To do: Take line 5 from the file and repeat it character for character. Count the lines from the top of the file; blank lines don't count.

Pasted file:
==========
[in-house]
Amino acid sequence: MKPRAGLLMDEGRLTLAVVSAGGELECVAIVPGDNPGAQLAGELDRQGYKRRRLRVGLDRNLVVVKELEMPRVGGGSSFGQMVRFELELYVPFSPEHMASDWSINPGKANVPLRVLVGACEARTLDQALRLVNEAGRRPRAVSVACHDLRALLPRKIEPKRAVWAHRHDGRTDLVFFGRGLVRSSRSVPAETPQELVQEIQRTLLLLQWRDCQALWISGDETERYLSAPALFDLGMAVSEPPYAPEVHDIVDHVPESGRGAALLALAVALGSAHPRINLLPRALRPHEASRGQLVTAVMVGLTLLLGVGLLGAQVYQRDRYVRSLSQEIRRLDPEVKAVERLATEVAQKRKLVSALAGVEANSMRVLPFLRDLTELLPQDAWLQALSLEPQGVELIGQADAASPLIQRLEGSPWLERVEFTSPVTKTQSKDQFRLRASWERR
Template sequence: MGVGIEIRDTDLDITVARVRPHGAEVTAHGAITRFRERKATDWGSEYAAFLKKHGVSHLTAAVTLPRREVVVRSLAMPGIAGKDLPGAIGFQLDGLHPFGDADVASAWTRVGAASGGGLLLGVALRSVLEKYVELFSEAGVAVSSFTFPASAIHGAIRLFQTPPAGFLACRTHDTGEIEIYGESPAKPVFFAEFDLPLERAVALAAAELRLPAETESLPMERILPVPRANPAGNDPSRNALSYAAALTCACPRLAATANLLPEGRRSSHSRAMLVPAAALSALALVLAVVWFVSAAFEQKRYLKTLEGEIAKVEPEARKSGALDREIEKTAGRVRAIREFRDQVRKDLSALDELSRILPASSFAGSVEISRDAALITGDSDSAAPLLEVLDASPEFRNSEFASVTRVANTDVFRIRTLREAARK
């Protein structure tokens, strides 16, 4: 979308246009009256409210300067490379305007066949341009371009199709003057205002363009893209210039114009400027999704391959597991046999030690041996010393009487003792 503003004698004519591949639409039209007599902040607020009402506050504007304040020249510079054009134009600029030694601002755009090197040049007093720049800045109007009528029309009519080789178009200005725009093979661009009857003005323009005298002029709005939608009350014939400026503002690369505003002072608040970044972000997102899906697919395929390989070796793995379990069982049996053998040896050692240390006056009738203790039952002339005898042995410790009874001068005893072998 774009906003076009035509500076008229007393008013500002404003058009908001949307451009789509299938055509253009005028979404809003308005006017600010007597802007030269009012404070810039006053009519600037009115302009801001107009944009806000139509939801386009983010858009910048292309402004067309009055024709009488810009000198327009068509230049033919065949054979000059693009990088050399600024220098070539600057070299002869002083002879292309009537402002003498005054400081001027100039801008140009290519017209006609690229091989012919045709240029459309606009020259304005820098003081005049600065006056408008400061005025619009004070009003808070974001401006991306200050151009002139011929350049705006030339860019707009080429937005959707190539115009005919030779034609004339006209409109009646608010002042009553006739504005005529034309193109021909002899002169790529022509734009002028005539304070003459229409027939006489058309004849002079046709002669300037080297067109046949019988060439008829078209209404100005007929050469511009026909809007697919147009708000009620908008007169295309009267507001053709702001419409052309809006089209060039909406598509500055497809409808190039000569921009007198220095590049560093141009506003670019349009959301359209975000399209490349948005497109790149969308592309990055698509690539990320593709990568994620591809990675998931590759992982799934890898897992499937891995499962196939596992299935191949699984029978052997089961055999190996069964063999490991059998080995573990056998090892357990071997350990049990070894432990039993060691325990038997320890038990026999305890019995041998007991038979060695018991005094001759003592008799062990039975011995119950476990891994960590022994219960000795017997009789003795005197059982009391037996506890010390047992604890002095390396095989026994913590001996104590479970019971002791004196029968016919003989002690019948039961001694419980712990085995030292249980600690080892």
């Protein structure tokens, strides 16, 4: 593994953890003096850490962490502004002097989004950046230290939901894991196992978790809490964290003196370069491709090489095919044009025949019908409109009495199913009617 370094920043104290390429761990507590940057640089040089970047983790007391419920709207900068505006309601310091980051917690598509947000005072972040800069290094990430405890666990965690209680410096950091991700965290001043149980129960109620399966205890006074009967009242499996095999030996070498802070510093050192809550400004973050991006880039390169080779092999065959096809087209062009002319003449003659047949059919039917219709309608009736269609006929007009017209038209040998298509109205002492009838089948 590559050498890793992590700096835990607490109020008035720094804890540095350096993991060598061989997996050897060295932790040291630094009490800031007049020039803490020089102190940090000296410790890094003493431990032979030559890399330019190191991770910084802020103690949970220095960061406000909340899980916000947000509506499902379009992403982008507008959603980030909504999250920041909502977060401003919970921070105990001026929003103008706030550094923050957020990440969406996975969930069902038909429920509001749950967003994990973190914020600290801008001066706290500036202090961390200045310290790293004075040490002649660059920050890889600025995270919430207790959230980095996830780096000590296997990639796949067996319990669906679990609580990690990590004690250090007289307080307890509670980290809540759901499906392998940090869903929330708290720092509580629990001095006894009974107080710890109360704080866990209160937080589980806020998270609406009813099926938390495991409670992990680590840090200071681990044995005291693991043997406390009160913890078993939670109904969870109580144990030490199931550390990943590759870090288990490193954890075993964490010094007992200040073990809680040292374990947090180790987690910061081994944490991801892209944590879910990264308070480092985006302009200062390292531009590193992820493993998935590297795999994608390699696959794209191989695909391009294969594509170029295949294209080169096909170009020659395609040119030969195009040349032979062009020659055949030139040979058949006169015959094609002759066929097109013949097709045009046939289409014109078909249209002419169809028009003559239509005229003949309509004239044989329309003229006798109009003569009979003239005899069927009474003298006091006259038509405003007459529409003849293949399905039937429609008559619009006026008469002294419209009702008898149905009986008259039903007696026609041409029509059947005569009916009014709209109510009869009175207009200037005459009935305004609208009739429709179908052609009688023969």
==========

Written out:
């Protein structure tokens, strides 16, 4: 593994953890003096850490962490502004002097989004950046230290939901894991196992978790809490964290003196370069491709090489095919044009025949019908409109009495199913009617 370094920043104290390429761990507590940057640089040089970047983790007391419920709207900068505006309601310091980051917690598509947000005072972040800069290094990430405890666990965690209680410096950091991700965290001043149980129960109620399966205890006074009967009242499996095999030996070498802070510093050192809550400004973050991006880039390169080779092999065959096809087209062009002319003449003659047949059919039917219709309608009736269609006929007009017209038209040998298509109205002492009838089948 590559050498890793992590700096835990607490109020008035720094804890540095350096993991060598061989997996050897060295932790040291630094009490800031007049020039803490020089102190940090000296410790890094003493431990032979030559890399330019190191991770910084802020103690949970220095960061406000909340899980916000947000509506499902379009992403982008507008959603980030909504999250920041909502977060401003919970921070105990001026929003103008706030550094923050957020990440969406996975969930069902038909429920509001749950967003994990973190914020600290801008001066706290500036202090961390200045310290790293004075040490002649660059920050890889600025995270919430207790959230980095996830780096000590296997990639796949067996319990669906679990609580990690990590004690250090007289307080307890509670980290809540759901499906392998940090869903929330708290720092509580629990001095006894009974107080710890109360704080866990209160937080589980806020998270609406009813099926938390495991409670992990680590840090200071681990044995005291693991043997406390009160913890078993939670109904969870109580144990030490199931550390990943590759870090288990490193954890075993964490010094007992200040073990809680040292374990947090180790987690910061081994944490991801892209944590879910990264308070480092985006302009200062390292531009590193992820493993998935590297795999994608390699696959794209191989695909391009294969594509170029295949294209080169096909170009020659395609040119030969195009040349032979062009020659055949030139040979058949006169015959094609002759066929097109013949097709045009046939289409014109078909249209002419169809028009003559239509005229003949309509004239044989329309003229006798109009003569009979003239005899069927009474003298006091006259038509405003007459529409003849293949399905039937429609008559619009006026008469002294419209009702008898149905009986008259039903007696026609041409029509059947005569009916009014709209109510009869009175207009200037005459009935305004609208009739429709179908052609009688023969």